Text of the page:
NICOLA Sturgeon has said she would not ditch the pound for the Euro if an independent Scotland were to become a member of the EU.

The First Minister, who took part in an hour of political debate on was quizzed on a number of subjects over her attitude to Trump, to what her main priority is outside of Scottish independence.

Asked if Scotland would replace the pound with the euro one day, she said: "No, I don't think it would."

Pushed on whether Scotland would be forced to take the Euro if allowed membership of the European Union, she said: "No we wouldn't and there are examples in the European Union today that prove that's not the case. Sweden, for example joined the EU after the so called requirements to join the Euro were in place.

""Jean-Claude Juncker [president of the European Commission] I think has gone on record saying the EU cannot force any country into the Euro against its will."

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In March, a new policy set to be introduced by the SNP stated that an independent Scotland would look to introduce its own currency within the first few years of leaving the UK under a new policy set to be introduced by the SNP.

The Herald:

Under the proposals, Scotland would initially keep the pound during a "transition period" after independence.

But the Scottish Parliament would decide within its first term when to introduce a separate Scottish currency.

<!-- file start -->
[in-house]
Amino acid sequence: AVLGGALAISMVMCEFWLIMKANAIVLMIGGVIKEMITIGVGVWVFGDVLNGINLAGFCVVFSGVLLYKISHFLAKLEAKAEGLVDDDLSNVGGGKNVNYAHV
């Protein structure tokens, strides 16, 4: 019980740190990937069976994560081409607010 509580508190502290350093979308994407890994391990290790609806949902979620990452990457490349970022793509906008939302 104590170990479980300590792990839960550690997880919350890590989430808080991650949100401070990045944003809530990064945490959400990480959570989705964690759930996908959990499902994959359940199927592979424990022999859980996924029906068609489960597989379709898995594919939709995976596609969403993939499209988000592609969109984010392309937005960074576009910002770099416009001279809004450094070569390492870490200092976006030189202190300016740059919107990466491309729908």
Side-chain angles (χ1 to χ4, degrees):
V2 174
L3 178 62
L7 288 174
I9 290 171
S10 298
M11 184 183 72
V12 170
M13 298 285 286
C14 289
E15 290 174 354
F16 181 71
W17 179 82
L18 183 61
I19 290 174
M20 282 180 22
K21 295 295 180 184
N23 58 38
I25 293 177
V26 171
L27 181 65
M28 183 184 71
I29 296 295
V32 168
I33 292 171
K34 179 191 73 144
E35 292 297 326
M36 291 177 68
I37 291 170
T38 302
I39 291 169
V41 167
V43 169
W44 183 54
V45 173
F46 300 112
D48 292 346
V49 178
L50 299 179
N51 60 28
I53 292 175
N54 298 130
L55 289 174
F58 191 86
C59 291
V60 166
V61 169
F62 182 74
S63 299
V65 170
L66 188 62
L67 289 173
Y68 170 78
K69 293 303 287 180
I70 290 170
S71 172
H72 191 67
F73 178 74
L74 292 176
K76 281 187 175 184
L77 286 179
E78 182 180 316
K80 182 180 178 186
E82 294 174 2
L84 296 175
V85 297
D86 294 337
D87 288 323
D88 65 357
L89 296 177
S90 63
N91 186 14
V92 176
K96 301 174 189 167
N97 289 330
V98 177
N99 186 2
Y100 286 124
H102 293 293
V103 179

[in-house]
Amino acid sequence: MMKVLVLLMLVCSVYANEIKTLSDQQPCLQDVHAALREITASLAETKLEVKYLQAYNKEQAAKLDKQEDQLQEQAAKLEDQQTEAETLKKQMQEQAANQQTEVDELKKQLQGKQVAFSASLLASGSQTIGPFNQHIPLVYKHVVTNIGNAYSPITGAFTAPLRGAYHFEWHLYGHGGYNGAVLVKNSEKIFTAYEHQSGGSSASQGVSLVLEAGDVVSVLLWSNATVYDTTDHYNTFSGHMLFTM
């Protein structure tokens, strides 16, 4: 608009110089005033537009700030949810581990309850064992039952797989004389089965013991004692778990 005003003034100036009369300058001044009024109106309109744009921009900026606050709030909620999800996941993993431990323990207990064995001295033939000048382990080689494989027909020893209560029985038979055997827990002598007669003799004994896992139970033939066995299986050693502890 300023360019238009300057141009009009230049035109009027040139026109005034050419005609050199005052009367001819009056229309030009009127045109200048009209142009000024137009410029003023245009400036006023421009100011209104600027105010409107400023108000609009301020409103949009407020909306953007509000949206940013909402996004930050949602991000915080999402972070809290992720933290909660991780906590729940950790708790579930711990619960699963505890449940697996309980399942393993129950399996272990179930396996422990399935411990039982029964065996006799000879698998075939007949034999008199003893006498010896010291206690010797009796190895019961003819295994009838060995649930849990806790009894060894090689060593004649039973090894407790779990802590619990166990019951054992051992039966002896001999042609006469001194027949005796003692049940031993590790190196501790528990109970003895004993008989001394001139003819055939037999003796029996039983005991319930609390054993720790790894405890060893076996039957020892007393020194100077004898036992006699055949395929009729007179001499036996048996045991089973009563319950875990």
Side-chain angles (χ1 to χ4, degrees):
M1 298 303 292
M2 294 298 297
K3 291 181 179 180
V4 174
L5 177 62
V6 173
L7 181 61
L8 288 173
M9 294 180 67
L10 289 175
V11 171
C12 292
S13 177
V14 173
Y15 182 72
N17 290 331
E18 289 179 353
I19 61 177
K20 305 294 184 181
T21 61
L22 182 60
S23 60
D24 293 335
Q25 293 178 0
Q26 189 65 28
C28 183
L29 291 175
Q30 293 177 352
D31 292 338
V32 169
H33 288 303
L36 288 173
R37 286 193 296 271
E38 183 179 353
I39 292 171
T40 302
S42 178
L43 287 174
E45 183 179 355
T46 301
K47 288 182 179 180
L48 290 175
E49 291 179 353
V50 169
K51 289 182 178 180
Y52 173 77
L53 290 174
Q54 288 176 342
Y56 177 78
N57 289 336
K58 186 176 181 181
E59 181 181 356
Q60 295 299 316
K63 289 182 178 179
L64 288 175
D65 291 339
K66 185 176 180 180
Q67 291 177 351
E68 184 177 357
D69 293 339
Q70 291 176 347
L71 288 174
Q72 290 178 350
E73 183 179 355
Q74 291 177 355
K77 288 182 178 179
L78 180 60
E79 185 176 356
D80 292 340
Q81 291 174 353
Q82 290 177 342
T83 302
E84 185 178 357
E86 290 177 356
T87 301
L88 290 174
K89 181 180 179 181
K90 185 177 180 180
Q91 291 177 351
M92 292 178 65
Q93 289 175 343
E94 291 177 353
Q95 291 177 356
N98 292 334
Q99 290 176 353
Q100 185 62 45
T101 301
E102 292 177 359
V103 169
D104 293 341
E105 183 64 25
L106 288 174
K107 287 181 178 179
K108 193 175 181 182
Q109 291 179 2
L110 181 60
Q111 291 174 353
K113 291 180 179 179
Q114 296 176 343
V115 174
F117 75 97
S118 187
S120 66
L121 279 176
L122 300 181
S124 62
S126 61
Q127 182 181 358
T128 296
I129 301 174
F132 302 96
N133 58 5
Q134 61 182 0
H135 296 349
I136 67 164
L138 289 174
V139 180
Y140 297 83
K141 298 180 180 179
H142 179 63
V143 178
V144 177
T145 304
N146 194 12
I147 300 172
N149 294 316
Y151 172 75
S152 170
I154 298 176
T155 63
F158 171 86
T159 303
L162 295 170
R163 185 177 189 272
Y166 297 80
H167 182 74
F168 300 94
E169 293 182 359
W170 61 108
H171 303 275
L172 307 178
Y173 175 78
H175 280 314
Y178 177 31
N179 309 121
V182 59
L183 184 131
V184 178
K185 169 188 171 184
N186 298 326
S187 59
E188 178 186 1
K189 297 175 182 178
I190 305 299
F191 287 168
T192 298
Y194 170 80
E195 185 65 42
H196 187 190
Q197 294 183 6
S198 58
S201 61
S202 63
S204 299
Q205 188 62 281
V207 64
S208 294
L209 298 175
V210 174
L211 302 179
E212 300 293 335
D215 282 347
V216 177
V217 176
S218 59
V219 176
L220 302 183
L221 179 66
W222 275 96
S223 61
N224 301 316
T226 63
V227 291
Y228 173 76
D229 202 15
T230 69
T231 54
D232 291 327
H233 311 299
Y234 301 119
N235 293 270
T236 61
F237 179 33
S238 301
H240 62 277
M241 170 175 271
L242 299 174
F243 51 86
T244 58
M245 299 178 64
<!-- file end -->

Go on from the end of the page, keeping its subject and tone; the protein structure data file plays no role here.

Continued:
Asked whether President Trump would be welcome in an independent Scotland, Ms Sturgeon said: "I cant stop him coming. I am no fan. I am no fan of President Trump. As first minister I would not refuse to meet with him, but I would be pretty clear with him about our disagreements."

She said a hard border between Scotland and England "is not my policy, not my objective, not my desire". She added: "It is the policy of Brexit that threatens borders.

And she said that her number one priority aside from independence has been education but during this election it was climate change.

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Speaking to ITV from Edinburgh, Nicola Ms Sturgeon said Jeremy Corbyn's position on a second Scottish independence referendum "does change almost every day".

But added: "There is an issue of principle at stake and any Westminster leader looking to the SNP for support has to accept that."

The Labour leader said last week that a second independence referendum in Scotland would not happen in the first two years of his party winning power, but a day earlier he initially told journalists that one would not happen in the first five-year term of a Labour government.

Ms Sturgeon says she will "drive a hard bargain" after any election result, because "first and foremost I want to make sure Scotland's voice is heard and protected."

While she said that no deal has been done with Labour, she was also "very clear" she will "never put any Tory into Downing Street".

She said would be happy to be part of a "progressive alternative to the Conservatives" and that if Labour were in a position to form a minority government there would be no coalition "but a more informal arrangement is something I wouldn't rule out".